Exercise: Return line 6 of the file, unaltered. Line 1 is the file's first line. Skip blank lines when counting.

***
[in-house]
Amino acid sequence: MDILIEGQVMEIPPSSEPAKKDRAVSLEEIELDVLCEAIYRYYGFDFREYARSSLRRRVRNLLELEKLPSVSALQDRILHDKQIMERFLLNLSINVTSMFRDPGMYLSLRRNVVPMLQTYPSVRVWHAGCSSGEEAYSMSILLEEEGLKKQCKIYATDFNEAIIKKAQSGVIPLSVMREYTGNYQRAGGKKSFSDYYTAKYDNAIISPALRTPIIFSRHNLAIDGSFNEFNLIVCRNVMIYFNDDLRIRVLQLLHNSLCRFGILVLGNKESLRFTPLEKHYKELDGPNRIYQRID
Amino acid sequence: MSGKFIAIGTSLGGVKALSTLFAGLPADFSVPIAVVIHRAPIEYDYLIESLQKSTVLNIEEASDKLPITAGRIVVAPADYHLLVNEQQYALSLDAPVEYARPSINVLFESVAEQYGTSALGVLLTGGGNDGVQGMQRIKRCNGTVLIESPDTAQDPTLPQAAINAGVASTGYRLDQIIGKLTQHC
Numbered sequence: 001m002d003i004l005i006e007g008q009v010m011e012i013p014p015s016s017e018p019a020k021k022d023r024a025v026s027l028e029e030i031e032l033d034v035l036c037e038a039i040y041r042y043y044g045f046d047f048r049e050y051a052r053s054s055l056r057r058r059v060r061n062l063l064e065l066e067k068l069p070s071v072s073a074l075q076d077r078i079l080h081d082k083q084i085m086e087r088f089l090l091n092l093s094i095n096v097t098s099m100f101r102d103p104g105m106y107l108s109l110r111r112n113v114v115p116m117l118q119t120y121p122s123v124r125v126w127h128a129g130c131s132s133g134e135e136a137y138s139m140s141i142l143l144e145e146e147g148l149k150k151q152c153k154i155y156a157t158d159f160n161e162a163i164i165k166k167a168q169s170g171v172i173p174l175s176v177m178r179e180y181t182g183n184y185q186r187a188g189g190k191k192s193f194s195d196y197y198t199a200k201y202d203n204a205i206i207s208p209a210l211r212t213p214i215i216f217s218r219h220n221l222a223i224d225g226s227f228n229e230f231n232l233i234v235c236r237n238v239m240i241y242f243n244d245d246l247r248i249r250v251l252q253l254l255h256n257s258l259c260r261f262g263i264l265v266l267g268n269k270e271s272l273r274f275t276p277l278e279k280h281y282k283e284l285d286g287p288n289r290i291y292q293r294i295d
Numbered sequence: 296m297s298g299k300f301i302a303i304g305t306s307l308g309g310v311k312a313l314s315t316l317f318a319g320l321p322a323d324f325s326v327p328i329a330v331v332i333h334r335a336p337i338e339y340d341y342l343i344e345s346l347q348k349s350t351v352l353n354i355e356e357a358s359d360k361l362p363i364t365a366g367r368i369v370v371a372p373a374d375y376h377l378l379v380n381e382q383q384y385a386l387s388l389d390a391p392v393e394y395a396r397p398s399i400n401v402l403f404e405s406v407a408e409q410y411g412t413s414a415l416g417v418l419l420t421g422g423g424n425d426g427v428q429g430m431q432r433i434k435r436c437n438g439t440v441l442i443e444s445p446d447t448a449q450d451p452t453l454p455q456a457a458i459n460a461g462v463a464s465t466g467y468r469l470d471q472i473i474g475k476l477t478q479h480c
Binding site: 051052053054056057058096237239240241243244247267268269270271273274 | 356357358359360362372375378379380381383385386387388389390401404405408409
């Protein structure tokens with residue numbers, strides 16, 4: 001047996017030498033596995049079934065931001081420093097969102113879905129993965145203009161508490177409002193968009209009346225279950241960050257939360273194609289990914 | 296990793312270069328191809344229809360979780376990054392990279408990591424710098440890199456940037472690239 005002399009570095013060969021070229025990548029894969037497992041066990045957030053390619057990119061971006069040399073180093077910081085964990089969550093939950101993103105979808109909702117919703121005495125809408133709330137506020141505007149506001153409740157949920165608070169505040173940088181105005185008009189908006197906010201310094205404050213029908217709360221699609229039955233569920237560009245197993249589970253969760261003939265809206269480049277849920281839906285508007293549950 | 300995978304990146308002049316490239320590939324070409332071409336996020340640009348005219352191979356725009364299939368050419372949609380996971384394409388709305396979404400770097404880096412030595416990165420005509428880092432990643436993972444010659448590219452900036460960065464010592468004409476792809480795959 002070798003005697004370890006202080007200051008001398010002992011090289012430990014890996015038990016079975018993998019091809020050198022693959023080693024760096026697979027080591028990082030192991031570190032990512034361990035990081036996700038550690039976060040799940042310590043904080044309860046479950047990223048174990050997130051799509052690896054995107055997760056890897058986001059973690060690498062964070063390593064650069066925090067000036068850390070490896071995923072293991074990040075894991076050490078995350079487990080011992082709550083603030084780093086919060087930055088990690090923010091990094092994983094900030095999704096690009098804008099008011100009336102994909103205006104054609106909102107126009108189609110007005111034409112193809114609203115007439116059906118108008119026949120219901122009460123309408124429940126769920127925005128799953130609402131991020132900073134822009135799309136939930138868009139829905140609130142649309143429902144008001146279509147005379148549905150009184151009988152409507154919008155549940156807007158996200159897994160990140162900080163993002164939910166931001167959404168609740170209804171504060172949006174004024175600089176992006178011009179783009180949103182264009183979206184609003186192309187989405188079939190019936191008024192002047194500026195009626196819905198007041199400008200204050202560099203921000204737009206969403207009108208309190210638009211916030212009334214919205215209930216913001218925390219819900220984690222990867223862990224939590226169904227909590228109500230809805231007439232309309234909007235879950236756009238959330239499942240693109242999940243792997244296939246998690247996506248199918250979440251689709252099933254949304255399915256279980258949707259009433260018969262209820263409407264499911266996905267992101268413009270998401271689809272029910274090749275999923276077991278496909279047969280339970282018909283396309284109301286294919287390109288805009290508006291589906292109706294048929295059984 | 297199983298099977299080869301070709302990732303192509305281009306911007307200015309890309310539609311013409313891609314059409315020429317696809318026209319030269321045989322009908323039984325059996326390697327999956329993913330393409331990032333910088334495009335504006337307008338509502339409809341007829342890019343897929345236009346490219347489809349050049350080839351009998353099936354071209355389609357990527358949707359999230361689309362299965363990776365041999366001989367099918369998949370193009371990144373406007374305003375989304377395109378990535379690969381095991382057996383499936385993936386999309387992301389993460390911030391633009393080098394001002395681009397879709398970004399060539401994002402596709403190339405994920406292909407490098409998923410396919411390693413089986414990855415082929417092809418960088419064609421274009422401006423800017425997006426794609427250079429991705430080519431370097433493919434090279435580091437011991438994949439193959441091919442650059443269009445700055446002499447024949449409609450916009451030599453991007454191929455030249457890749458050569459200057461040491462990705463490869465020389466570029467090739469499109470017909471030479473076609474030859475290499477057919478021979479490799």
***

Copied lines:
Binding site: 051052053054056057058096237239240241243244247267268269270271273274 | 356357358359360362372375378379380381383385386387388389390401404405408409